Common advise to new goat owners is to get yourself a goat mentor.  Ideally we’d all have one, but sometimes yours moves away when you are just getting started.  Mine did!

When that happens, the next best thing are good guides that can help you.

Holistic Goat Care is like a goat mentor you can have sitting on your bookshelf all day every day, just in case.

From selecting breeds, managing your farm, livestock guardian dogs, health care, breeding, kidding, health issues, you name it, Holistic Goat Care talks about it.

And even better, it has referenced books on some topics.  So you can go deeper into certain topics if you want to know even more!

I’m such a sucker for good references.  I know I will check out some of the ones about pasture management for sure.

If you’re thinking about getting goats, read Holistic Goat Care.  If you just got goats, read Holistic Goat Care.

And if you’ve had goats for a while, you’ll probably still finding something useful.   I know I did!

 I highly recommend you go read Holistic Goat Care by Gianaclis Caldwell!

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45 thoughts on “Nigerian Dwarf Goat Care Tips For The First Time Owner”

  1. This is interesting about the goats. I don’t know much about them. My brother and sister-in-law raise all kinds of goats. Dwarfs and many different breeds. I know they put a lot of care into them and show them at shows. They have some really pretty ones of all different colors and sizes. Congratulations on being featured on #WasteLessWednesday ! Have a healthy, happy & blessed day!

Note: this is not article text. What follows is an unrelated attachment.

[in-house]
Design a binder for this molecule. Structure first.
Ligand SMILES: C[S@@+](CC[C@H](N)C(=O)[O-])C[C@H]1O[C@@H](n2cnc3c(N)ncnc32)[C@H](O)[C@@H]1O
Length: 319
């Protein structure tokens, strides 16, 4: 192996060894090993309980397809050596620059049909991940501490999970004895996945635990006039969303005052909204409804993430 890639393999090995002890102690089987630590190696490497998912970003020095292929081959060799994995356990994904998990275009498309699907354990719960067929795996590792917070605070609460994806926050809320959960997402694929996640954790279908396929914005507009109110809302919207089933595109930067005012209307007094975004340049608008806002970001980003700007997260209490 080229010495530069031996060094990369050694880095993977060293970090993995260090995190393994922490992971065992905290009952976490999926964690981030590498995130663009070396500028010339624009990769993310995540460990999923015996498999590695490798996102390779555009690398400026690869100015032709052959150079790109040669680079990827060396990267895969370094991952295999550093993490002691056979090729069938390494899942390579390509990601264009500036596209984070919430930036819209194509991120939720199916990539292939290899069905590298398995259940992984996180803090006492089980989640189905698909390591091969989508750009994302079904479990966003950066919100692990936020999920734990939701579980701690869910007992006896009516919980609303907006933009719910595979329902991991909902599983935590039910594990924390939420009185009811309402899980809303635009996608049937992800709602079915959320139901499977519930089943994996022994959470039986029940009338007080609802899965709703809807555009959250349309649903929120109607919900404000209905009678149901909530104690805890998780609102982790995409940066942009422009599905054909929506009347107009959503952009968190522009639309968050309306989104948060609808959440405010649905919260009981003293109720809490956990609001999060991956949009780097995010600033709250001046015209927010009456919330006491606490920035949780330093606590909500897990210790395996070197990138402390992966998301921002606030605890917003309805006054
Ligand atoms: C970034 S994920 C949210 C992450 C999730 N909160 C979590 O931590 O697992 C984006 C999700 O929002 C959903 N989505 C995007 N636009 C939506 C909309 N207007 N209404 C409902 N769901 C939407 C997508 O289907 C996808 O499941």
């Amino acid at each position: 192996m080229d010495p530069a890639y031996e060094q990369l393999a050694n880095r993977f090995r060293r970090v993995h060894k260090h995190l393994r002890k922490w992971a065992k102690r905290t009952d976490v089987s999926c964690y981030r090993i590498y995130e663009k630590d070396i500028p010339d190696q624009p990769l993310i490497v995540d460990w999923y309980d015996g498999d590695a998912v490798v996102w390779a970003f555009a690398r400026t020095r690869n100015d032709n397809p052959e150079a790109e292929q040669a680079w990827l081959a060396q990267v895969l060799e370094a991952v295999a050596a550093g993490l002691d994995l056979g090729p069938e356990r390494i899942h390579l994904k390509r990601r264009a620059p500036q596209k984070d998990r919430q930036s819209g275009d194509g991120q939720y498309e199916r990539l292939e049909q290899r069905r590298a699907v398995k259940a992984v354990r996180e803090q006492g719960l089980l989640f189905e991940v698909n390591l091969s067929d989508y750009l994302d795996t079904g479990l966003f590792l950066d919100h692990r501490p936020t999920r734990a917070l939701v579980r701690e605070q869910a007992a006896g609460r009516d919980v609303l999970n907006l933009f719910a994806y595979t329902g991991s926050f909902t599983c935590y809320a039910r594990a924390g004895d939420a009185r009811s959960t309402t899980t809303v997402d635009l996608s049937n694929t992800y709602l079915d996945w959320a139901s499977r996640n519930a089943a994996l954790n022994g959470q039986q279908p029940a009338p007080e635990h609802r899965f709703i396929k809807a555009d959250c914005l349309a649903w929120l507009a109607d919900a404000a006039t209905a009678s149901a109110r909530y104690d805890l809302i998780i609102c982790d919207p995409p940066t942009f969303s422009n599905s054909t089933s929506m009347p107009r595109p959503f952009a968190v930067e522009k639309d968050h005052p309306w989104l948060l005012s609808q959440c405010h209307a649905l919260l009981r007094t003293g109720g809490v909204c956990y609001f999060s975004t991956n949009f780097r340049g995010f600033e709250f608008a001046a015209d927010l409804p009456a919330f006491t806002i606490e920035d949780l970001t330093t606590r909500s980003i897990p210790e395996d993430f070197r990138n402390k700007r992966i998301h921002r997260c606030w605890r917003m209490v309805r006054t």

2. I really want a goat for my birthday I have wanted a goat for a long time but I haven’t One yet and I am very disappointed I really really want A goat and I have decided I want a dwarf goat

  3. Is Keeping a weathered meat goat with my dwarf Nigerian Miller as company ok? She will be kidding soon we are hoping for a doe if not we plan on purchasing a doeling.

    • Wethered goats are fine. The only issue would be if it is a lot bigger breed than she is and being aggressive, or it was horned and she is not. Horned goats and disbudded goats shouldn’t be kept together.

  4. I want a mini goat for a pet, not farming purposes. I’m not sure what to expect I’m sure it’s not like having a dog or cat which I’ve had. Any tips?